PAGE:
New York Fashion Week, always a blur, was also this year a swirl of slush, ice and polar vortexes, which didn’t stop The Transom from undertaking the nearly biblical task of trying to set a record for most events attended. Herewith, a summary.
At the show for fashion website VFiles, models with sunken cheeks walked the catwalk clutching bespoke water bottles. (If you give a model a molly …) Later, Details was feting its new cover, a spread of a half-dozen identical-looking beefcakes. A blogger friend pointed at the magazine’s front spread and named the male models, one by one. Quite impressive really.
The shoe designer Alexandre Birman hosted a party at MoMA, on the fifth floor, with its Cézannes, Van Goghs and Picassos. It’s a rare pleasure to watch well-dressed women take selfies in front of Les Demoiselles d’Avignon.
The night began at the X-rated burlesque club the Box for the LDN Hardwear presentation. One look featured a dress with a gold zipper all the way down the front. “You can zip that shit right off!” said Jessica Horwell, the designer who made the dress. Noted. Elder Statesman threw a party later, where the looks hung from a revolving clothesline in the center of the room. “It’s cashmere, and inevitably it’s going to end up at the dry cleaners,” said model Erin Wasson. “Luxury means dry-cleaning.” Thankfully, the looks were on mannequins, not real models, who may have complained if they had to hang suspended for three hours spinning around.
After a few drinks at the Ace for, of all things, a bespoke umbrella manufacturer, it was off to Hammerstein Ballroom for the Moncler show. A choral group’s tuxedo-clad members performed a chilling requiem with their legs affixed to metal harnesses, the machines turning and leaning them to and fro as they sang, with stacks of models in Moncler coats standing silent behind them.
Before the Opening Ceremony party on Sunday, we hopped in an SUV with the ATL Twins, Sidney and Thurman Sewell, famous for their roles as James Franco’s henchmen in Spring Breakers. They have resplendent golden grills in their mouths. “The girl I fucked last night, man, she was fresh, she’s a model,” said Sidney, displaying a picture of said girl on his iPhone. “The girl I fucked was pretty fine, too,” said Thurman, sitting beside him. “But my girl, her pussy was so tight and so wet,” said Sidney, waving his phone. “Look at this shit!” he said, displaying the evidence. We went to Milk Studios, where Daniel Arsham was hosting a party for the streetwear line Stampd LA, and the artist showed up in a tan cowboy hat not dissimilar to the hat Pharrell Williams, Mr. Arsham’s frequent collaborator, wore to the Grammys. Did he steal the idea from Mr. Williams? “I’ve had this hat for 10 years,” Mr. Arsham said. “Pharrell stole it from me.” Opening Ceremony was apparently Belgian themed—chocolate oozed out from atop the white backdrop—and then came the after-party at MaisonO, hosted with the label Hood By Air. “I’m just looking forward to sleeping,” said Shayne Oliver, Hood By Air’s designer.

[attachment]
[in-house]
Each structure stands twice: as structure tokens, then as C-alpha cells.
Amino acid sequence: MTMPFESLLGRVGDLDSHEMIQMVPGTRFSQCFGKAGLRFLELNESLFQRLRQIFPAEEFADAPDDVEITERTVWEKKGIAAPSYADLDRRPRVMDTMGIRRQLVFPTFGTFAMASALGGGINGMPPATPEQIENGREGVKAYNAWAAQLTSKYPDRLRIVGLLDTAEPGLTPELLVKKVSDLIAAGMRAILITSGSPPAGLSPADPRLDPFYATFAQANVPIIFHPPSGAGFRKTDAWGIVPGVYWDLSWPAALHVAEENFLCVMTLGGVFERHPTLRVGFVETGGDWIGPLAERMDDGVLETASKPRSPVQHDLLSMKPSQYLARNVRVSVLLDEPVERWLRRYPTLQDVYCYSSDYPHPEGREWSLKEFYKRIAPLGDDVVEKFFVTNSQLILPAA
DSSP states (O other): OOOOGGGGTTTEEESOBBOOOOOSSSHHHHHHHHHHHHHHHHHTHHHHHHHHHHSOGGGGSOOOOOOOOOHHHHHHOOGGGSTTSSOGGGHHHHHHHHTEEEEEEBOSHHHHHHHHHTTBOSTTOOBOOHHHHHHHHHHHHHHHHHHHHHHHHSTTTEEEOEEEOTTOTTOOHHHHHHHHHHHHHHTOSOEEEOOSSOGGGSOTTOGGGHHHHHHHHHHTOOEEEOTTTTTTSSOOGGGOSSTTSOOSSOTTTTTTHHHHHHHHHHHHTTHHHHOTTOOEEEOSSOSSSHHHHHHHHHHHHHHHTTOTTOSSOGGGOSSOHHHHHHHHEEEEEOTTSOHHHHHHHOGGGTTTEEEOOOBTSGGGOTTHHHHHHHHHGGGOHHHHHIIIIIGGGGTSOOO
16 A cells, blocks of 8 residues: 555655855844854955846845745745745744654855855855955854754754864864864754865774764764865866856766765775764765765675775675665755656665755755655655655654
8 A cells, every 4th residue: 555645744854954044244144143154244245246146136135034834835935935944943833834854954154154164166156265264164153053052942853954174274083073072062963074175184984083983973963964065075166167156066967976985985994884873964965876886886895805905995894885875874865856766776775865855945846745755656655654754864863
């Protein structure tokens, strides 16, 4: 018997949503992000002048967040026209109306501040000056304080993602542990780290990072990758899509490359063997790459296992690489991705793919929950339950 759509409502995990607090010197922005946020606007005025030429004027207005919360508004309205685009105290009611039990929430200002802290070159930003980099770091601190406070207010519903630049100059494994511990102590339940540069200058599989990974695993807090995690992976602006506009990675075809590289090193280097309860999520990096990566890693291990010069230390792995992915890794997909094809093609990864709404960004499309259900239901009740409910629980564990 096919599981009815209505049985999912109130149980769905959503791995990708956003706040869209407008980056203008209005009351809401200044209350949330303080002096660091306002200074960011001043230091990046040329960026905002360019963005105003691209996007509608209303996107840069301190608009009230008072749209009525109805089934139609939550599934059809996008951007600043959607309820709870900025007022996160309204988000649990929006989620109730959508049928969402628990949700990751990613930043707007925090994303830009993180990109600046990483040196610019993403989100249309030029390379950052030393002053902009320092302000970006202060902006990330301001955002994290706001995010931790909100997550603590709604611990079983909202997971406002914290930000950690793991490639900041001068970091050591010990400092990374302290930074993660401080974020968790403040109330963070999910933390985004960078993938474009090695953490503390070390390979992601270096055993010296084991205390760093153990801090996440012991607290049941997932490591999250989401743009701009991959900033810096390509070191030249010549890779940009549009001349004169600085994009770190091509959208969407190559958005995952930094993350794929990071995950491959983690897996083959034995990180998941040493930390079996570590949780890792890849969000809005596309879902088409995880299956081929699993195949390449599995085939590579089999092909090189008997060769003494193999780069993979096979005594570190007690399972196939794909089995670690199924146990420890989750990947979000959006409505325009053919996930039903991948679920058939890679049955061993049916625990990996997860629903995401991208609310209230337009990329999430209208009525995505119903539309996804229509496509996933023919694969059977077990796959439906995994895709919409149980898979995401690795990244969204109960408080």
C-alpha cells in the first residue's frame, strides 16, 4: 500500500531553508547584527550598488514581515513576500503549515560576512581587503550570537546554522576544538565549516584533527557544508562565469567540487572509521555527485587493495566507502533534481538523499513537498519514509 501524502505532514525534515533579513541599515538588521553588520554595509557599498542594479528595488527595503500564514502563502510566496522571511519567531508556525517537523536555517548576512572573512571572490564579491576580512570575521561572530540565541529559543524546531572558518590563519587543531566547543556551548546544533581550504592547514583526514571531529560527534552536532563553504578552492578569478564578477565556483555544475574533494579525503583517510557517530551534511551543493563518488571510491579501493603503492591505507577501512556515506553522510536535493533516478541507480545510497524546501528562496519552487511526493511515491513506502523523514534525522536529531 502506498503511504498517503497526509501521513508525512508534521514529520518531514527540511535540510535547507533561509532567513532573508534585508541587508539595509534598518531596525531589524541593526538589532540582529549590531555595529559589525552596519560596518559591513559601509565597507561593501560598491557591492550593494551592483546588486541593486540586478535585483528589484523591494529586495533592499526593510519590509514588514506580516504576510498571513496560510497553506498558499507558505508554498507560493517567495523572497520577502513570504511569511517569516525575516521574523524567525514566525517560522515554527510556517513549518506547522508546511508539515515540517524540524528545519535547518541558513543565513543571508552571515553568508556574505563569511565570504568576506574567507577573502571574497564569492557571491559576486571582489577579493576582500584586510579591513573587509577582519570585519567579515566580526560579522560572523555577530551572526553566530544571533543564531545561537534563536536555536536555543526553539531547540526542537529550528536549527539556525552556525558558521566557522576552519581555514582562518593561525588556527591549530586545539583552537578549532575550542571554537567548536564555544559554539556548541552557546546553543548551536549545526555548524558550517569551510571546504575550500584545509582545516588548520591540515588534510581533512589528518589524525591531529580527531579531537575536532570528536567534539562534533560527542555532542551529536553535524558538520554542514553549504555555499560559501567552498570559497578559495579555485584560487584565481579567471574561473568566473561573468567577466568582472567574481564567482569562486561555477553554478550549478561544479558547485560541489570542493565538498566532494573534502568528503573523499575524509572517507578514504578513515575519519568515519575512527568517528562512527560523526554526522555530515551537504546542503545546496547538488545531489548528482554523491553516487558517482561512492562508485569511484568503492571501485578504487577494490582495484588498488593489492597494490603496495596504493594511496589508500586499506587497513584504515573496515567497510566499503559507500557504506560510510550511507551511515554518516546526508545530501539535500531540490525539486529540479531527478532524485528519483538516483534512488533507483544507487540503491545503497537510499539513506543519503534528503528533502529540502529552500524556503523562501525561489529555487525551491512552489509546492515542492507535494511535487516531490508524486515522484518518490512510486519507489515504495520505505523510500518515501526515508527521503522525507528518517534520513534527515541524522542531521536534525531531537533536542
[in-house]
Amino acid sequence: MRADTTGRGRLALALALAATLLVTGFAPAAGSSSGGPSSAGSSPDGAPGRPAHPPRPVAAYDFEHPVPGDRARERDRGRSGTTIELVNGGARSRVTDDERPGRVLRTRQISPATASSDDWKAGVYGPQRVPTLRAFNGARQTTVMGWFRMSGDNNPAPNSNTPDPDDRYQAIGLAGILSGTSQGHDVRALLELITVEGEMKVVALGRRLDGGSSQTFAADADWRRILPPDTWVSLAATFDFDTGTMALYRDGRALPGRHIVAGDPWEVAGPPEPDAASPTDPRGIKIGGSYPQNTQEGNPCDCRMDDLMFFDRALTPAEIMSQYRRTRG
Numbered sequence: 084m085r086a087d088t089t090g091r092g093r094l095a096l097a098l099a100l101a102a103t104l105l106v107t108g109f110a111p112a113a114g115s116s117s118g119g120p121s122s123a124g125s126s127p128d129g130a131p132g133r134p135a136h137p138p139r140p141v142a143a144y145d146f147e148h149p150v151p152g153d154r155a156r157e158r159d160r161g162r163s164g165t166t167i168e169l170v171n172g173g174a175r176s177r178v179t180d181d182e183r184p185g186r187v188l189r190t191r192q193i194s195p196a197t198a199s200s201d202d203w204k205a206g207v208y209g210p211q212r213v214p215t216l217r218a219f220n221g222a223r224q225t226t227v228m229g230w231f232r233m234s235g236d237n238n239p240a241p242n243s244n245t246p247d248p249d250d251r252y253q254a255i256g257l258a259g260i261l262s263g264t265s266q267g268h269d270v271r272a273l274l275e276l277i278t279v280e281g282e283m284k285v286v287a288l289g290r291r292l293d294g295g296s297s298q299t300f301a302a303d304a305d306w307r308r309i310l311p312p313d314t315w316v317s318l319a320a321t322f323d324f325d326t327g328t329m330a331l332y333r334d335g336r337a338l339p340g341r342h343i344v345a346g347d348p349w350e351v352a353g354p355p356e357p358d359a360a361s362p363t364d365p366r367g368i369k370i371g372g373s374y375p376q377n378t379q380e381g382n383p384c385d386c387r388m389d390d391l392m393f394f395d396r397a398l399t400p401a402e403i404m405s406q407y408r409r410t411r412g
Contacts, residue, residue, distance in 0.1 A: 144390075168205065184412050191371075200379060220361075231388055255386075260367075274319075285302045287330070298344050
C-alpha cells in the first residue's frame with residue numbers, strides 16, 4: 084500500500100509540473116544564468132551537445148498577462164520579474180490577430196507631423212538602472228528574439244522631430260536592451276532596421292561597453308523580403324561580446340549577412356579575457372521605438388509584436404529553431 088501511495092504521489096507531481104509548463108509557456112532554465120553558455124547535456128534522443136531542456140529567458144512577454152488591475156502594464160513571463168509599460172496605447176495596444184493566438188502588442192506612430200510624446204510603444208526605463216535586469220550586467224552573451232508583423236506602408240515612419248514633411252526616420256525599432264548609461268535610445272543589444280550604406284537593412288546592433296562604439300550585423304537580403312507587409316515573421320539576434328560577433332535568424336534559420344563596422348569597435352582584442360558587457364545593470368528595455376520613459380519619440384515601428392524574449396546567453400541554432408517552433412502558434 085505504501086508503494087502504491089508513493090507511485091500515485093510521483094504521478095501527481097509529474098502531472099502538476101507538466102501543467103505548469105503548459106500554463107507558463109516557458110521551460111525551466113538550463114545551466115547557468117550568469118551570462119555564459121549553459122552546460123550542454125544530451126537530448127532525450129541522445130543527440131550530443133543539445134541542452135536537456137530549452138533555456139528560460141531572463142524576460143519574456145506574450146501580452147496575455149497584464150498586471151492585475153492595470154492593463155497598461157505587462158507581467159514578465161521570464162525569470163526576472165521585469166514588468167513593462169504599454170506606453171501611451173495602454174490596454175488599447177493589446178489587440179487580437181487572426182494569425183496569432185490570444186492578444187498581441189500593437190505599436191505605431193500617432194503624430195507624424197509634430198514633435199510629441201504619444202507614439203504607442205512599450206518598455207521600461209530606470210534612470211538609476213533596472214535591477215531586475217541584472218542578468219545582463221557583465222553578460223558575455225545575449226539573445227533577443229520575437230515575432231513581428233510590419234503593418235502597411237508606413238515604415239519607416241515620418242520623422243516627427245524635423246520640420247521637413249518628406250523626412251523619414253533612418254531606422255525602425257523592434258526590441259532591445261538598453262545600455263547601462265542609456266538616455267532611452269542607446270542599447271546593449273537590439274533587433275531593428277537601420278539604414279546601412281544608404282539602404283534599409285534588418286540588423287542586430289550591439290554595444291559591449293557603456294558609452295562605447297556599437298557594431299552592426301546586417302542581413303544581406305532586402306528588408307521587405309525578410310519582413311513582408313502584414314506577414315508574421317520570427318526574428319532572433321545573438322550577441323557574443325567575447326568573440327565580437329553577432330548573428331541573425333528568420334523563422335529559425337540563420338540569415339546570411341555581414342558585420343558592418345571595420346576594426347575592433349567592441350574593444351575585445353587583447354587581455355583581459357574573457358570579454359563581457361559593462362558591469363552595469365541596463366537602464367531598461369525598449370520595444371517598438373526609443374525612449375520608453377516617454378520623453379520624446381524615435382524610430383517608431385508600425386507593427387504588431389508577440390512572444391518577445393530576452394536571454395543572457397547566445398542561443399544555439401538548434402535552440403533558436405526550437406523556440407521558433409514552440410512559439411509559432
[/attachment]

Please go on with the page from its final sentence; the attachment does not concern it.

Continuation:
Telfar Clemens had his show Monday at the New Museum, and the soundtrack reminded us of this each time a model reached the end of the runway: “Telfar!” said the voice that echoed through speakers in the room. “Telfar. Tel-faaar. Telfar?” “I kept turning around the entire time, because I kept thinking that people were calling me,” Mr. Clemens said. The cross-section that was the Telfar front row—video artists, Internet personalities, viral chroniclers of the outré—made its way up the Bowery later that night for the Purple Fashion magazine party at Chez Andre. There amid the young upstarts was Paris Hilton, who relished the art kids’ reverence of her as a post-fame icon.
[Description redacted. The turkey wrap we ate for lunch was the most eventful part of the day.]
Jeremy Scott had a party at Up & Down, the new space on 14th Street and Eighth Avenue that has gone to great lengths to emphasize its cool quotient. The rapper Riff Raff was there, so maybe they’ve earned it. A tiny room for extracurricular activities didn’t hurt either.
And on the last day, New York was blanketed with snow, but why stay in when it’s the seventh anniversary of the Box? So back to the Box, the high-end sex club. The show read like a greatest-hits compilation of the place’s sex performances: large objects pulled from unprintable places, gallons of fake blood pouring from eyes and ears, feats of strength performed by nubile teens. Most memorably, there was a naked woman pleasuring herself onstage, spraying the front row with bodily fluids, all while taking a selfie with her one free hand. A fine Fashion Week metaphor. Everyone watching applauded.